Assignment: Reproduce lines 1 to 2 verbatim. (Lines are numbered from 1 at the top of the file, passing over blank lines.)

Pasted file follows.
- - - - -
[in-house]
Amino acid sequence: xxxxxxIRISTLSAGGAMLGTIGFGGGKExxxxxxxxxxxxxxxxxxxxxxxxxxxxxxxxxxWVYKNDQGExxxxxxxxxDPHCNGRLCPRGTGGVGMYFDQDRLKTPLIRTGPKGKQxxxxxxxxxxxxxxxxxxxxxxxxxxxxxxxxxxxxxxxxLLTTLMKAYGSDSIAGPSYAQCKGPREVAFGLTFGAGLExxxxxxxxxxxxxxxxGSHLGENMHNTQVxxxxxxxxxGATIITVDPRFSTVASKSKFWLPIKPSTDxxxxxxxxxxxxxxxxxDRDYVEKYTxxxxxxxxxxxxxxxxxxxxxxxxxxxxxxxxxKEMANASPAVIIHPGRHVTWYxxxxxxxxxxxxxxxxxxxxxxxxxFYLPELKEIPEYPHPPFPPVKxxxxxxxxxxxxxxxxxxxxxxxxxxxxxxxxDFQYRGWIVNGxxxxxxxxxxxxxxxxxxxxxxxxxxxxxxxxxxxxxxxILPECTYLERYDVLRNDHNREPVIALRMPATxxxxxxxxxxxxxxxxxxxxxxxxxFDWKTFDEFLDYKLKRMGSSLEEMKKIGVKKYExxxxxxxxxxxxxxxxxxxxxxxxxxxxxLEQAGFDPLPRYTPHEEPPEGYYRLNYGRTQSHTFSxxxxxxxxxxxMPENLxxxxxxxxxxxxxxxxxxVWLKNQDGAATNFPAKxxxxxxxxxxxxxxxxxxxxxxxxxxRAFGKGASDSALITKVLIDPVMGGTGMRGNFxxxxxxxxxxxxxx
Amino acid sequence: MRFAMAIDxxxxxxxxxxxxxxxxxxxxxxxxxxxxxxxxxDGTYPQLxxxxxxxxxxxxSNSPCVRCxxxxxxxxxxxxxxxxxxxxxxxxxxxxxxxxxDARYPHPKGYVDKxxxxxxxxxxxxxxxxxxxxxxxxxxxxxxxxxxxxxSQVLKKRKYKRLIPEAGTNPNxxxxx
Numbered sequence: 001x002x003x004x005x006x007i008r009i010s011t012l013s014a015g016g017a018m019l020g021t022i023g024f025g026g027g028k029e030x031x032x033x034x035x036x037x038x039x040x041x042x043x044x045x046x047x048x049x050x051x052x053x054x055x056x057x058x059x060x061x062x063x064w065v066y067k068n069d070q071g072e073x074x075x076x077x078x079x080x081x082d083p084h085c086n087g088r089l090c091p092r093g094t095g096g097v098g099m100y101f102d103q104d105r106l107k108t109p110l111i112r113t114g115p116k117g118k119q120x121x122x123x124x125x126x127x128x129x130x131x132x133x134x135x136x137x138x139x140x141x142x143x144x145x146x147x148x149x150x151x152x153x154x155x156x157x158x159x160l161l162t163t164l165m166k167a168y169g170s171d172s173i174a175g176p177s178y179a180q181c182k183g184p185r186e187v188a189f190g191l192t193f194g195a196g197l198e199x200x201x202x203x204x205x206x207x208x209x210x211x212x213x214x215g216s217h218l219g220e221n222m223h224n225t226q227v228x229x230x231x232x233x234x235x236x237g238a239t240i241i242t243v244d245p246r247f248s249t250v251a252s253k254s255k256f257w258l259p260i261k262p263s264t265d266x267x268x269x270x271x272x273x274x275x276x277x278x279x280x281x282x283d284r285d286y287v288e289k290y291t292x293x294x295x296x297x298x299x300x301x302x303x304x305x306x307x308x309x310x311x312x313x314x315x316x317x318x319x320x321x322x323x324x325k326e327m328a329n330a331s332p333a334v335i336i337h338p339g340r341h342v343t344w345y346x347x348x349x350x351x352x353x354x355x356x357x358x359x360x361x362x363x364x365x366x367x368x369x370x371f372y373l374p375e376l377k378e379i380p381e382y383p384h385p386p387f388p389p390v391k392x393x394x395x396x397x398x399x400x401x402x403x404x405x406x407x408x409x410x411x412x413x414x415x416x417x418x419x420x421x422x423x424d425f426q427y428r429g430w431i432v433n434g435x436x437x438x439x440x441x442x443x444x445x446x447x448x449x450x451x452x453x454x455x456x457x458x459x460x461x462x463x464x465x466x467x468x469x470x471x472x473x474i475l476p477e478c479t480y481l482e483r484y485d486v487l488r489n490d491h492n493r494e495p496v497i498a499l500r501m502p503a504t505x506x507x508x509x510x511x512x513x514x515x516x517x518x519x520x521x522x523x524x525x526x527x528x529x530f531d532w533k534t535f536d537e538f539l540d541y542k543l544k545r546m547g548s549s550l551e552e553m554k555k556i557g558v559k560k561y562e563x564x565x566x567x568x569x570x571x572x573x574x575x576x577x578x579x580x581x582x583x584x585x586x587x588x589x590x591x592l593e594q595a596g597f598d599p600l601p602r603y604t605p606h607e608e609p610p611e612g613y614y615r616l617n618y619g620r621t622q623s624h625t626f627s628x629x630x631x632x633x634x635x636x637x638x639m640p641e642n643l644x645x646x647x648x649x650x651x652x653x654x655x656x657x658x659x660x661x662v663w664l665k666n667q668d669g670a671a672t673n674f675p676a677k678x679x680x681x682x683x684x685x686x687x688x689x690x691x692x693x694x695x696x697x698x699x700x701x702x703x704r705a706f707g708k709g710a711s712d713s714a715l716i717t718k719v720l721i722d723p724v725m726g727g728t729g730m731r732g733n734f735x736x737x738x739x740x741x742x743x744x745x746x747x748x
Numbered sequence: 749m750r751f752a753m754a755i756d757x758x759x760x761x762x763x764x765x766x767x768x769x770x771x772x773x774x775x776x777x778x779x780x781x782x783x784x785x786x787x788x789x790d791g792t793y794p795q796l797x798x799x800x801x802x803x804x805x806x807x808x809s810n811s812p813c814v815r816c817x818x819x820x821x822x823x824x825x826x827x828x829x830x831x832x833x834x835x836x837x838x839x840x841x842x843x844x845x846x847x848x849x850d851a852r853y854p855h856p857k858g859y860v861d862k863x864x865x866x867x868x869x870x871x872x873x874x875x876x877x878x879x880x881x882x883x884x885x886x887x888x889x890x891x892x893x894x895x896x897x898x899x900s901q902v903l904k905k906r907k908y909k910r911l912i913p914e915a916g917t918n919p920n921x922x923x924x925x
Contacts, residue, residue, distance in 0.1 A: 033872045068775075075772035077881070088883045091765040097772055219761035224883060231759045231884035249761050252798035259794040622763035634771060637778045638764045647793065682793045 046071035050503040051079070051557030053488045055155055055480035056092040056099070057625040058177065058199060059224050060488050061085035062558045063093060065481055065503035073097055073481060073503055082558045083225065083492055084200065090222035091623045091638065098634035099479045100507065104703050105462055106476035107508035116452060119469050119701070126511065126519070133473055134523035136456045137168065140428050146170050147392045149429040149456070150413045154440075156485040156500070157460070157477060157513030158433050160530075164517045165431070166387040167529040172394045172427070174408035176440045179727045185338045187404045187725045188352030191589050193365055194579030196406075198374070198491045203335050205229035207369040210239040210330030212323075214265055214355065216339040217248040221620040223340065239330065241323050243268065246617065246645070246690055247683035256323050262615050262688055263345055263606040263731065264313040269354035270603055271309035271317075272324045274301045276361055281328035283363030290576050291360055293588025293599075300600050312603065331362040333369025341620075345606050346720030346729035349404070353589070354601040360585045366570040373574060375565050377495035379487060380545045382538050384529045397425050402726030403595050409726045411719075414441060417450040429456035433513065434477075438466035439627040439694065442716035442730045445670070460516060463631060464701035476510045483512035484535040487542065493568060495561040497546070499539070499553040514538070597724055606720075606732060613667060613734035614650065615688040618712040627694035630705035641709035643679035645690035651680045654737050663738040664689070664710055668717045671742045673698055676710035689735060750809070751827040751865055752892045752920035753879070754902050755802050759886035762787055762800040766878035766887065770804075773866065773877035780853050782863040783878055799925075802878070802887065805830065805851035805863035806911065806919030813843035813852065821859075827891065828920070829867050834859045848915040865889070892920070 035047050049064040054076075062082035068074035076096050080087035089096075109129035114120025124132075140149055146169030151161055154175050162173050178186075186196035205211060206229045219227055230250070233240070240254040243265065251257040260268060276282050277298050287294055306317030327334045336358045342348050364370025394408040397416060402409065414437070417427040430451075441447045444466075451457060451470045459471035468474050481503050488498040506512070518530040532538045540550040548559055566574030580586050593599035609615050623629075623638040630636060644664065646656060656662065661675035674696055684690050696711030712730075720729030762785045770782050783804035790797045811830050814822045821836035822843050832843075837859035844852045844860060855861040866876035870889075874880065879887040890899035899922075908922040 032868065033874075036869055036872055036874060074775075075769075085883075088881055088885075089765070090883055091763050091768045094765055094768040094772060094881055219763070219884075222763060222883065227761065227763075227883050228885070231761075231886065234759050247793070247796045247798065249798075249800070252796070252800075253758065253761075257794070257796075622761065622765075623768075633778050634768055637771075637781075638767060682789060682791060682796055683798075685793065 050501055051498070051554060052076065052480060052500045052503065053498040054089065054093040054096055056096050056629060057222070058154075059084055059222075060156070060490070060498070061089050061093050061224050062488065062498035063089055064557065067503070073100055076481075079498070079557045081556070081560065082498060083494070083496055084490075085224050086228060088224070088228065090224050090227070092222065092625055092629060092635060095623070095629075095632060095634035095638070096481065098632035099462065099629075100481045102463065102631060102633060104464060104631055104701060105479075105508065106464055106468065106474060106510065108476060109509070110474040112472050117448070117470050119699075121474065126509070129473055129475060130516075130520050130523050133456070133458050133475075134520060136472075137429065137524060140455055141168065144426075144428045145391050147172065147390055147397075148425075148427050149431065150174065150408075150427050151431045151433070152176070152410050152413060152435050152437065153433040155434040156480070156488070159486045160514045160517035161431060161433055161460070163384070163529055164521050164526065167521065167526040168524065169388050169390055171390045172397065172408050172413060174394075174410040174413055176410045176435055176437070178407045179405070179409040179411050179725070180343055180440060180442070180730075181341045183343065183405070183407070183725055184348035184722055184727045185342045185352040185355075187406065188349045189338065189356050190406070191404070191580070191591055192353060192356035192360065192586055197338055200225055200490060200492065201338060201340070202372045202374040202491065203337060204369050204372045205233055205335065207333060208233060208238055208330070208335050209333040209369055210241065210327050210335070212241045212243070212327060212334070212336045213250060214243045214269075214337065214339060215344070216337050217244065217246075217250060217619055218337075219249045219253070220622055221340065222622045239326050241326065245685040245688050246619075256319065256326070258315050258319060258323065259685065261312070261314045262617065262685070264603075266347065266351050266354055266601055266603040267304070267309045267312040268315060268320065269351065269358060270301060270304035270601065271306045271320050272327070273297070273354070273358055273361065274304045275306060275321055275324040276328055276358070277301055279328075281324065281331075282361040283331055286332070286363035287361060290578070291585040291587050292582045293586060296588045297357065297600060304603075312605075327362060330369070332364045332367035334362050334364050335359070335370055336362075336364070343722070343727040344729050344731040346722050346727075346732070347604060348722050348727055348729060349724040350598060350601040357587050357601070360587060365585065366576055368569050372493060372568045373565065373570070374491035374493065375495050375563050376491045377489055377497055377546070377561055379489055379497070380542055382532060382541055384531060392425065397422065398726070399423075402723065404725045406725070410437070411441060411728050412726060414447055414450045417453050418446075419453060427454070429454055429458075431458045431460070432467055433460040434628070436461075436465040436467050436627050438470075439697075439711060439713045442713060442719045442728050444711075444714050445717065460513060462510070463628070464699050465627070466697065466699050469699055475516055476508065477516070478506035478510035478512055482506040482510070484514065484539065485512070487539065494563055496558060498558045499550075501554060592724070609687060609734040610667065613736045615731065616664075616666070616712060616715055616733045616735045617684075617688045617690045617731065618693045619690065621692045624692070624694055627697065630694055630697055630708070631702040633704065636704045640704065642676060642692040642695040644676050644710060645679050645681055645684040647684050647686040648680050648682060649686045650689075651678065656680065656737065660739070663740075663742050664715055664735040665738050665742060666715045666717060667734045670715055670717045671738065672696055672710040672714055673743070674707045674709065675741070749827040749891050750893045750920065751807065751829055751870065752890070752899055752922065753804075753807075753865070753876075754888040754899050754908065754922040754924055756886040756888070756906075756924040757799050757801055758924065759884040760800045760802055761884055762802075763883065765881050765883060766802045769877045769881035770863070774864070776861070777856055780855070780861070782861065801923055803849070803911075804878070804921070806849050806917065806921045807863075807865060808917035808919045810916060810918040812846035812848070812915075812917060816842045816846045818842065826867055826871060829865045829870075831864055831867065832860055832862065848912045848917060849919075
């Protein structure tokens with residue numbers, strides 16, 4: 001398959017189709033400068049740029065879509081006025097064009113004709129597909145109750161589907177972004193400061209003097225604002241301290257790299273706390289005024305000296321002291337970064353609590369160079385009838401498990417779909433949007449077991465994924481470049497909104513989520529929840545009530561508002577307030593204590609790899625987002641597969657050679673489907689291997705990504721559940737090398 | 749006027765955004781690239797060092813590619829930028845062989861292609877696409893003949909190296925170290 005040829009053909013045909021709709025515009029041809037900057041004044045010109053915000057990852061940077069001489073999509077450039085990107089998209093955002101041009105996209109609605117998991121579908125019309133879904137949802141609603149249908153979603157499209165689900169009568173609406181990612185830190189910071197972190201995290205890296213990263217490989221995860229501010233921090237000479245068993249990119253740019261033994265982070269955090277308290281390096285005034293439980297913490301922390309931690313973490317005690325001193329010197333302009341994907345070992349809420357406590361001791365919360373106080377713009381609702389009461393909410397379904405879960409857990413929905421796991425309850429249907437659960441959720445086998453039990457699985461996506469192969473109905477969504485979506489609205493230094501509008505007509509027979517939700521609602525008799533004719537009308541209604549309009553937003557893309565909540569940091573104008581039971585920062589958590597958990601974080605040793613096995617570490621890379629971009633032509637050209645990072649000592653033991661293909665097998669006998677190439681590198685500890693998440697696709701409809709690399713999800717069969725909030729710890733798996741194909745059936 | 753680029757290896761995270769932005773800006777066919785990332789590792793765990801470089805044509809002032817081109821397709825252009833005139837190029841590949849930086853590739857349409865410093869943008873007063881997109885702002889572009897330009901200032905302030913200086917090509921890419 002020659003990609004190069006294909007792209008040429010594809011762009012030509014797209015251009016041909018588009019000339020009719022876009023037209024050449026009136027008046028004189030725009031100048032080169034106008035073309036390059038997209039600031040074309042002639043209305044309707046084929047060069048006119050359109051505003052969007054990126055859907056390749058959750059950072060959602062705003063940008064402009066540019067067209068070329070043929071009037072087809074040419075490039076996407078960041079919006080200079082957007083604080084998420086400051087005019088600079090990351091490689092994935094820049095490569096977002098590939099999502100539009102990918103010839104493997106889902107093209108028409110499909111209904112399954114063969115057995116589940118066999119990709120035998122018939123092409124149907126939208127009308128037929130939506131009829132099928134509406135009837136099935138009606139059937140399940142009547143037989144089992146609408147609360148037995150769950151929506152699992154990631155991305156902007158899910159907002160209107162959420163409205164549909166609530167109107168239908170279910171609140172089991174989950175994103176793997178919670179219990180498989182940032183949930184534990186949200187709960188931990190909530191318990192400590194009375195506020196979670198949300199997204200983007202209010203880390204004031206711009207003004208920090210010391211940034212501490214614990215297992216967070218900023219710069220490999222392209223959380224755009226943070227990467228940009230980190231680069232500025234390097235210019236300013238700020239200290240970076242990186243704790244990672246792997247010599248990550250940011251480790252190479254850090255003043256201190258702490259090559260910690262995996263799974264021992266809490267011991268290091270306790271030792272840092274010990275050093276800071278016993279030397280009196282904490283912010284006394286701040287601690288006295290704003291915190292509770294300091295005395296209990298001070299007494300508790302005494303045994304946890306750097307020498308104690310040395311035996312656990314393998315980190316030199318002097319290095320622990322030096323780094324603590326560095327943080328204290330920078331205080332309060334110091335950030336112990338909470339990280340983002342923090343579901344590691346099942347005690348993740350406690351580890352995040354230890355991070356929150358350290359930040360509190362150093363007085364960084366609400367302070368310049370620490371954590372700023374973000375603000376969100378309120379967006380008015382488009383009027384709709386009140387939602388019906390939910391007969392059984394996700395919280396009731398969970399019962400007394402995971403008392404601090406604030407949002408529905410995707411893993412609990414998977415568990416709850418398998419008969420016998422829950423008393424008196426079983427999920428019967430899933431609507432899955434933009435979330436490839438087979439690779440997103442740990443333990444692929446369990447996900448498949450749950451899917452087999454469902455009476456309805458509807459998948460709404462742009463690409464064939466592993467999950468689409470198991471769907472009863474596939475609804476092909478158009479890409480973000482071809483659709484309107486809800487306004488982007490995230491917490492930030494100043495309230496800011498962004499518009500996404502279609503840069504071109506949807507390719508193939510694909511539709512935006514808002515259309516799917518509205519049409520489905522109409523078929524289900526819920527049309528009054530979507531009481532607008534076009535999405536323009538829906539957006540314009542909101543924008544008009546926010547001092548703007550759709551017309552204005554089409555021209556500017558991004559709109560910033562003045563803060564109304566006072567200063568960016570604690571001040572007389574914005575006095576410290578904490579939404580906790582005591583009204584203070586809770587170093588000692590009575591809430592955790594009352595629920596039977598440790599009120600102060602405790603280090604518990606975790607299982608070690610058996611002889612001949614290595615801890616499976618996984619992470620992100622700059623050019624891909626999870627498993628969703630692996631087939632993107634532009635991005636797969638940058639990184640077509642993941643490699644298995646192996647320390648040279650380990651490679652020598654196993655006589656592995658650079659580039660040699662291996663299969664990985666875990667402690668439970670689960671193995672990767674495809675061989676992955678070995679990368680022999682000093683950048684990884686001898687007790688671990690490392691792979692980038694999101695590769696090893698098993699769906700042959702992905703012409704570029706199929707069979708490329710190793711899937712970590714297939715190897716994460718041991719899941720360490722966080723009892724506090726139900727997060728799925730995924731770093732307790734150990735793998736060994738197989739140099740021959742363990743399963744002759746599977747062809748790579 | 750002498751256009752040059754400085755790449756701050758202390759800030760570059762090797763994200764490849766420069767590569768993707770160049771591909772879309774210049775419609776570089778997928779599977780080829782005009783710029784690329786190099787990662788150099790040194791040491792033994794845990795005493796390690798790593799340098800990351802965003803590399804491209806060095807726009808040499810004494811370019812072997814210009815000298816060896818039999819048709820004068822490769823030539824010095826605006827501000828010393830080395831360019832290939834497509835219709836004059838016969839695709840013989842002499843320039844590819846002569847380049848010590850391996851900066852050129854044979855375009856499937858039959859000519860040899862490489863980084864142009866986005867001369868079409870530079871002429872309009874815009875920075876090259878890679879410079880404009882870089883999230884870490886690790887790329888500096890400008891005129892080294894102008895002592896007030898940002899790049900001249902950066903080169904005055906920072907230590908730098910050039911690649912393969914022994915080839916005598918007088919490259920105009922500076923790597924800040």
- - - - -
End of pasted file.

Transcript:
[in-house]
Amino acid sequence: xxxxxxIRISTLSAGGAMLGTIGFGGGKExxxxxxxxxxxxxxxxxxxxxxxxxxxxxxxxxxWVYKNDQGExxxxxxxxxDPHCNGRLCPRGTGGVGMYFDQDRLKTPLIRTGPKGKQxxxxxxxxxxxxxxxxxxxxxxxxxxxxxxxxxxxxxxxxLLTTLMKAYGSDSIAGPSYAQCKGPREVAFGLTFGAGLExxxxxxxxxxxxxxxxGSHLGENMHNTQVxxxxxxxxxGATIITVDPRFSTVASKSKFWLPIKPSTDxxxxxxxxxxxxxxxxxDRDYVEKYTxxxxxxxxxxxxxxxxxxxxxxxxxxxxxxxxxKEMANASPAVIIHPGRHVTWYxxxxxxxxxxxxxxxxxxxxxxxxxFYLPELKEIPEYPHPPFPPVKxxxxxxxxxxxxxxxxxxxxxxxxxxxxxxxxDFQYRGWIVNGxxxxxxxxxxxxxxxxxxxxxxxxxxxxxxxxxxxxxxxILPECTYLERYDVLRNDHNREPVIALRMPATxxxxxxxxxxxxxxxxxxxxxxxxxFDWKTFDEFLDYKLKRMGSSLEEMKKIGVKKYExxxxxxxxxxxxxxxxxxxxxxxxxxxxxLEQAGFDPLPRYTPHEEPPEGYYRLNYGRTQSHTFSxxxxxxxxxxxMPENLxxxxxxxxxxxxxxxxxxVWLKNQDGAATNFPAKxxxxxxxxxxxxxxxxxxxxxxxxxxRAFGKGASDSALITKVLIDPVMGGTGMRGNFxxxxxxxxxxxxxx